# [R] Understanding the intercept value in a multiple linear regression with categorical values

Joao Azevedo joao.c.azevedo at gmail.com
Mon Jul 30 01:57:52 CEST 2012

```Hi!

You're right. I was misinterpreting the way the coefficients were
clarifying some of my doubts.

--
Joao.

On Fri, Jul 27, 2012 at 2:36 PM, Jean V Adams <jvadams at usgs.gov> wrote:
> Joao,
>
> Your intuition is correct, the intercept represents the predicted value for
> wool A and tension L.  But, you're tripping up on how to figure out that
> predicted value.  In the model that you fit, the predicted value for wool A
> and tension L is not simply the mean of the observations for wool A and
> tension L, because there are only main effects in the model (no
> interaction).  Try this:
>
> attach(warpbreaks)
> tapply(breaks, list(wool, tension), mean)
>
> fit <- lm(breaks ~ wool + tension, data=warpbreaks)
> tapply(fit\$fitted, list(wool, tension), mean)
>
> fit2 <- lm(breaks ~ wool*tension, data=warpbreaks)
> tapply(fit2\$fitted, list(wool, tension), mean)
>
> I believe that your results will depend on how the "contrasts" option is set
> in R.  For me it's like this:
> options("contrasts")
>
> \$contrasts
>         unordered           ordered
> "contr.treatment"      "contr.poly"
>
> Jean
>
>
> Joao Azevedo <joao.c.azevedo at gmail.com> wrote on 07/27/2012 07:16:10 AM:
>
>>
>> Hi!
>>
>> Thanks for the link. I've already stumbled upon that explanation. I'm
>> able to understand how the coding schemes are applied in the supplied
>> examples, but they only use a single explanatory variable. My problem
>> is with understanding the model when there are multiple categorical
>> explanatory variables.
>>
>> --
>> Joao.
>>
>> On Fri, Jul 27, 2012 at 1:04 PM, Jean V Adams <jvadams at usgs.gov> wrote:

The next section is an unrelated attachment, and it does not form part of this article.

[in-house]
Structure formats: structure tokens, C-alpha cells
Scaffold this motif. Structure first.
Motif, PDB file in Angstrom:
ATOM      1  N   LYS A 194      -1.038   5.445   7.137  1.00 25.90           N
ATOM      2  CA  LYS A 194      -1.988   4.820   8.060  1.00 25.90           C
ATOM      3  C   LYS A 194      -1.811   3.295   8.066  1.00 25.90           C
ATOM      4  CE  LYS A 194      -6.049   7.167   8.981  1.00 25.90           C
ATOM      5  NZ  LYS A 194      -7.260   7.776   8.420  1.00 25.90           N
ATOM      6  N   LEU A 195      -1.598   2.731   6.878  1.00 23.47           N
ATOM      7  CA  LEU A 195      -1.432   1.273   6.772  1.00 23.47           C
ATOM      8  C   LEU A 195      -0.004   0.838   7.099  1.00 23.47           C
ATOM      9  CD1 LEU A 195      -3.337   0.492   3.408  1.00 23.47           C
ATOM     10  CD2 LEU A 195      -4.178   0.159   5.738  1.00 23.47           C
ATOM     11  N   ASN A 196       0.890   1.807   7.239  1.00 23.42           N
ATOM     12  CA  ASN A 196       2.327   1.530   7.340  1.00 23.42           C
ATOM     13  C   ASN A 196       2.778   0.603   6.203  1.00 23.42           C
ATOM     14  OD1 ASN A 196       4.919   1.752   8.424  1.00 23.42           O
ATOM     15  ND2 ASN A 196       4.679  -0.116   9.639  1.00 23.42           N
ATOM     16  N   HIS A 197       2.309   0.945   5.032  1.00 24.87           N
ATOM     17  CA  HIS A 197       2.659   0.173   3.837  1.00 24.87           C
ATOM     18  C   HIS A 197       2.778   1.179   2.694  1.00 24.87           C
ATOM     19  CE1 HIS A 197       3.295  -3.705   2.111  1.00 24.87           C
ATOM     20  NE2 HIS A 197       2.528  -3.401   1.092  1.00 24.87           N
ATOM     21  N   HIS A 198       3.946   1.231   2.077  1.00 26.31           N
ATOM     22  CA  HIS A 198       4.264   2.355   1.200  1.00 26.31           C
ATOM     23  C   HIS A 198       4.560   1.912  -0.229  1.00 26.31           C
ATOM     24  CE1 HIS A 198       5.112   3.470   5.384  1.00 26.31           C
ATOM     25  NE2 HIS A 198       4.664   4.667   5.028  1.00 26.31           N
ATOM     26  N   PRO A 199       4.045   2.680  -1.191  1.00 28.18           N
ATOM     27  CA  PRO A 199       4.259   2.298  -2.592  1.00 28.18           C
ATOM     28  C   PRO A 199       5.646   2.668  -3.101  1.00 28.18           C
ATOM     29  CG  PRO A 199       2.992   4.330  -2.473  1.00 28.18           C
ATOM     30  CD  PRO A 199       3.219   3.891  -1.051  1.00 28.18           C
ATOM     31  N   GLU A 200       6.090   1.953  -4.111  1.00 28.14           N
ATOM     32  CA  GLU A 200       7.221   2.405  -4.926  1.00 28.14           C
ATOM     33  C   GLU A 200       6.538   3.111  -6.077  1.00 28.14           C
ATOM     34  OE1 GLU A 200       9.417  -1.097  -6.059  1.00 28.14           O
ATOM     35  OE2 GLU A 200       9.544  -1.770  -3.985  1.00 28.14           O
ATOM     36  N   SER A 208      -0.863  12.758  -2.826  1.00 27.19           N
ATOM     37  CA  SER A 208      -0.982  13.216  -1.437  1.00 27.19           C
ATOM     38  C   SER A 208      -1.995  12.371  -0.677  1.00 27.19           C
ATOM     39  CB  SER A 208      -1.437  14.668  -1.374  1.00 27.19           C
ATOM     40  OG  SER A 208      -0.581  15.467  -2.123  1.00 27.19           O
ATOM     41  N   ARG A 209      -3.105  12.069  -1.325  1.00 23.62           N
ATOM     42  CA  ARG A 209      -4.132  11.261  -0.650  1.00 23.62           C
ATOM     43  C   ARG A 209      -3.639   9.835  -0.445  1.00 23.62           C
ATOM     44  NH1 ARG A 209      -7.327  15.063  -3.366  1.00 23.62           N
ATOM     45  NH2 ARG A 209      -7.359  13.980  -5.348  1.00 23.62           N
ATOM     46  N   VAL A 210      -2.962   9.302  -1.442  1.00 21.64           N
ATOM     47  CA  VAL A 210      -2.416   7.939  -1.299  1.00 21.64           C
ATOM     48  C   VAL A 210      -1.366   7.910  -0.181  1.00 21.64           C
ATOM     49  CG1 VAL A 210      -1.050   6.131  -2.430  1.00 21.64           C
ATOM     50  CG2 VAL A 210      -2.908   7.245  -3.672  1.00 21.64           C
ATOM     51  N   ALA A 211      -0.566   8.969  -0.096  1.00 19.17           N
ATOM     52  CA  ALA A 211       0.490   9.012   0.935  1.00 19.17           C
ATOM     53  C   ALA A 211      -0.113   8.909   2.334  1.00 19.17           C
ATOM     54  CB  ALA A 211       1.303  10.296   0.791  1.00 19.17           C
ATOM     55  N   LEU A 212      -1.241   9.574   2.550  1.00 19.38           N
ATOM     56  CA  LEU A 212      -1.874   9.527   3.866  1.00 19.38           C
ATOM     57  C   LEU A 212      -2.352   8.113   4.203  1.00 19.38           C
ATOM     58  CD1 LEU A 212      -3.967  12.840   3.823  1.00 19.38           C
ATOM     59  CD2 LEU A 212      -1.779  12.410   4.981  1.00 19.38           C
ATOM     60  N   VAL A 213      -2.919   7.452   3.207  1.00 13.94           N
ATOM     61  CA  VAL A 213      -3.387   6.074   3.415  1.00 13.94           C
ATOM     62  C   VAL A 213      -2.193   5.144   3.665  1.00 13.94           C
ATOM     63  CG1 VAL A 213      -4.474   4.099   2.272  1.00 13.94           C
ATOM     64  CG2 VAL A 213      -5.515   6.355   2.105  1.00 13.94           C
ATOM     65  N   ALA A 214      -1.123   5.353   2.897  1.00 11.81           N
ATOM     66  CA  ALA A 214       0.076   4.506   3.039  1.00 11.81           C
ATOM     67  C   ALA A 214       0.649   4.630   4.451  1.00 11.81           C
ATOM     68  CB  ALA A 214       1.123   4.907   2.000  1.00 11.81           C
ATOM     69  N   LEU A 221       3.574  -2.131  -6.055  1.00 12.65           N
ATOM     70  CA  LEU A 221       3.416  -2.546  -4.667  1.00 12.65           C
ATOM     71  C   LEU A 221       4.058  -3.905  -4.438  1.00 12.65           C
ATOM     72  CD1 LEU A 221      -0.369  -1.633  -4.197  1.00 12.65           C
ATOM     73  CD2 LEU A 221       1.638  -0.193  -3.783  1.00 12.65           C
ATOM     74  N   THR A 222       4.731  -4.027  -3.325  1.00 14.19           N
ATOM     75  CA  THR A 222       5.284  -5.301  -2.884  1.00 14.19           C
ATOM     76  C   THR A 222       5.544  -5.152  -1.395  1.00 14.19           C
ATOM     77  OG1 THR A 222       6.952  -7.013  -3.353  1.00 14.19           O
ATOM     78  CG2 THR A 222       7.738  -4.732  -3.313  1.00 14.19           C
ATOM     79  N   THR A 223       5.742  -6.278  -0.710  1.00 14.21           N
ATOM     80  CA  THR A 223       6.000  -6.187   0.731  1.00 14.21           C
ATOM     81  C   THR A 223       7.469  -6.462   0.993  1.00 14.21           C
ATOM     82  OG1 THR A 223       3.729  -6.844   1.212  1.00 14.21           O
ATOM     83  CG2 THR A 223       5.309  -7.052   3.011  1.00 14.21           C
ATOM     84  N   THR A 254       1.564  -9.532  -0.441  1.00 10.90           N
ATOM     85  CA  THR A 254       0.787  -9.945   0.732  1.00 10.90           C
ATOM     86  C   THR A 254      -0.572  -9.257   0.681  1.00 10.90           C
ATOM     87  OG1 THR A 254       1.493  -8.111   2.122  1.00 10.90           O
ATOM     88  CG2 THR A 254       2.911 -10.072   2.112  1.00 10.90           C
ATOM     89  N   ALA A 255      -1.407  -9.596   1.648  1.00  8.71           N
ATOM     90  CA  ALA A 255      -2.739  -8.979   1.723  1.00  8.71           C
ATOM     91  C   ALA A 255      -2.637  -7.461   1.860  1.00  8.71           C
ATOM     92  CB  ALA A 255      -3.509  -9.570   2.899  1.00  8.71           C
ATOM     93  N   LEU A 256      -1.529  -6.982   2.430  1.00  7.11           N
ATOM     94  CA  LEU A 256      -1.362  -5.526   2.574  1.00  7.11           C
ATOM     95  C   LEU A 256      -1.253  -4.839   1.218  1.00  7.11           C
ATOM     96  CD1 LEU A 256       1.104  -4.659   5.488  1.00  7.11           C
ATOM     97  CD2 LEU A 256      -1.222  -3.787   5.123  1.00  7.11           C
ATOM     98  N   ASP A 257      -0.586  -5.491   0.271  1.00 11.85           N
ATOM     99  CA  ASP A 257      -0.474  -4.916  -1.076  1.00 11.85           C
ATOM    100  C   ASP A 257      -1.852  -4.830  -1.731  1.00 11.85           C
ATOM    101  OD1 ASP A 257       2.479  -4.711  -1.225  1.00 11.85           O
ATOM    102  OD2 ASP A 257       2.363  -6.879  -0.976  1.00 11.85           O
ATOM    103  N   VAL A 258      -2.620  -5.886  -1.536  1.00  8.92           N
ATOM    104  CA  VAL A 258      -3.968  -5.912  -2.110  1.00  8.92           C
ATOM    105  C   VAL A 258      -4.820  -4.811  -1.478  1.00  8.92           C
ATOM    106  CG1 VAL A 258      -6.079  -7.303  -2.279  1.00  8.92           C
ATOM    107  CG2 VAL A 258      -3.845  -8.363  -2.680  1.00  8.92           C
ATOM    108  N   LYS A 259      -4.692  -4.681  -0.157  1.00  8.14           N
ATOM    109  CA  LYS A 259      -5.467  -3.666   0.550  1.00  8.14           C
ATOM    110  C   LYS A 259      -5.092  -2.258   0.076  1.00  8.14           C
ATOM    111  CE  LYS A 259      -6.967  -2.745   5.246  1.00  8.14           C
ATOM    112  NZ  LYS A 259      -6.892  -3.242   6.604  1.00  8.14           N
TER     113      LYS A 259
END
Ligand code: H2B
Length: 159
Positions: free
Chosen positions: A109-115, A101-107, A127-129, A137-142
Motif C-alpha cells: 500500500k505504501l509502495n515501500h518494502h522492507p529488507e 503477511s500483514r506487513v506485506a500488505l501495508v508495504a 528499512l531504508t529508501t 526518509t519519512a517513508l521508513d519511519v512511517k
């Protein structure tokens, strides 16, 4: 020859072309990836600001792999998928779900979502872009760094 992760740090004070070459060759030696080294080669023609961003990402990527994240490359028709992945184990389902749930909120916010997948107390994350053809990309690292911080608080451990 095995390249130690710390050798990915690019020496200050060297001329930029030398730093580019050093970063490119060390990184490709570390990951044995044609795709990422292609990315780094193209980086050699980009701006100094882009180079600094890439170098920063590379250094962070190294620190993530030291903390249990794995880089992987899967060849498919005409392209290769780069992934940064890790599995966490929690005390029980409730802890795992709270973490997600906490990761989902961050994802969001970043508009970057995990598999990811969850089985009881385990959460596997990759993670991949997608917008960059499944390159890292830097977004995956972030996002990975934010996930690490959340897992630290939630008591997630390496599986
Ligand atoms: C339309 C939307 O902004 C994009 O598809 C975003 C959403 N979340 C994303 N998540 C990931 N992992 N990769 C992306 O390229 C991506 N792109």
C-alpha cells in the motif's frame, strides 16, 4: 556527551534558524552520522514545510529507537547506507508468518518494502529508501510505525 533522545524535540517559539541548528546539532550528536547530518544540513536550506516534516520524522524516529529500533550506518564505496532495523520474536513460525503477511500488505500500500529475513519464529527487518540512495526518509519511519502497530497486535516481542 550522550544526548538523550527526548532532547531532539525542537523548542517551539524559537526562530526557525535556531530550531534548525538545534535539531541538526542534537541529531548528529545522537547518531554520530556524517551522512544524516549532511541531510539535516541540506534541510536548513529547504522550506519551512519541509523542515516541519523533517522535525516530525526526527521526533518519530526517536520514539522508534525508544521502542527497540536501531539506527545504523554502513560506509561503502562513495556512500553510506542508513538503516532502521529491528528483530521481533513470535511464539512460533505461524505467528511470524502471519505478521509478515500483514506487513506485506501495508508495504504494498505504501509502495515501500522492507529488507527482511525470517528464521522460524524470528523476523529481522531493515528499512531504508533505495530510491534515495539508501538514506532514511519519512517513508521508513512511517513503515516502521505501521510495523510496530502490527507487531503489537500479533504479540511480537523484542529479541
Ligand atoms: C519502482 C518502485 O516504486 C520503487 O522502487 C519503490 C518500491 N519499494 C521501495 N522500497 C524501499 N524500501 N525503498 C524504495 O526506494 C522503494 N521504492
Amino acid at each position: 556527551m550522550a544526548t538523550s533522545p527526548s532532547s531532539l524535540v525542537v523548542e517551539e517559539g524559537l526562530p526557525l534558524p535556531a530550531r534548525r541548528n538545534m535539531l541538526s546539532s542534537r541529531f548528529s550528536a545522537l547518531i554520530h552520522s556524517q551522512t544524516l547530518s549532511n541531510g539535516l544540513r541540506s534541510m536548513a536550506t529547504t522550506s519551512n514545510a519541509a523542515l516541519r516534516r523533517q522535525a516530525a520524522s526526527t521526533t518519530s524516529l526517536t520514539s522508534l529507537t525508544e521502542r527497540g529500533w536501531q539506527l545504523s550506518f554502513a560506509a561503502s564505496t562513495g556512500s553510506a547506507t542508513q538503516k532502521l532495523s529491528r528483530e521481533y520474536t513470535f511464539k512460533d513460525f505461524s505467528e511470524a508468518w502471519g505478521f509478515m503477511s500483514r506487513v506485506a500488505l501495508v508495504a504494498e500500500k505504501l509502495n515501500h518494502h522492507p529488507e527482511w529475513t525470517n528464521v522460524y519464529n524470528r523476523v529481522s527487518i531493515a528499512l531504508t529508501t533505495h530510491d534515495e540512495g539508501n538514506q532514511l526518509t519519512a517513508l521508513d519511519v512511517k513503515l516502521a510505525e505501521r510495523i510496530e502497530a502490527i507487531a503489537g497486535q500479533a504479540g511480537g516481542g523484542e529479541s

>> > Joao,
>> >
>> > There's a very thorough explanation at
>> >
> http://www.ats.ucla.edu/stat/r/library/contrast_coding.htm
>
>> >
>> > Jean
>> >
>> >
>> > Joao Azevedo <joao.c.azevedo at gmail.com> wrote on 07/27/2012 06:32:31 AM:
>> >
>> >>
>> >> Hi!
>> >>
>> >> I'm failing to understand the value of the intercept value in a
>> >> multiple linear regression with categorical values. Taking the
>> >> "warpbreaks" data set as an example, when I do:
>> >>
>> >> > lm(breaks ~ wool, data=warpbreaks)
>> >>
>> >> Call:
>> >> lm(formula = breaks ~ wool, data = warpbreaks)
>> >>
>> >> Coefficients:
>> >> (Intercept)        woolB
>> >>      31.037       -5.778
>> >>
>> >> I'm able to understand that the value of intercept is the mean value
>> >> of breaks when wool equals "A", and that adding up the "woolB"
>> >> coefficient to the intercept value I get the mean value of breaks when
>> >> wool equals "B". However, if I also consider the tension variable in
>> >> the model, I'm unable to figure out the meaning of the intercept
>> >> value:
>> >>
>> >> > lm(breaks ~ wool + tension, data=warpbreaks)
>> >>
>> >> Call:
>> >> lm(formula = breaks ~ wool + tension, data = warpbreaks)
>> >>
>> >> Coefficients:
>> >> (Intercept)        woolB     tensionM     tensionH
>> >>      39.278       -5.778      -10.000      -14.722
>> >>
>> >> I thought it would be the mean value of breaks when either wool equals
>> >> "A" or tension equals "L", but that isn't true for this dataset.
>> >>
>> >> Any clues on interpreting the value of intercept?
>> >>
>> >> Thanks!
>> >>
>> >> --
>> >> Joao.

```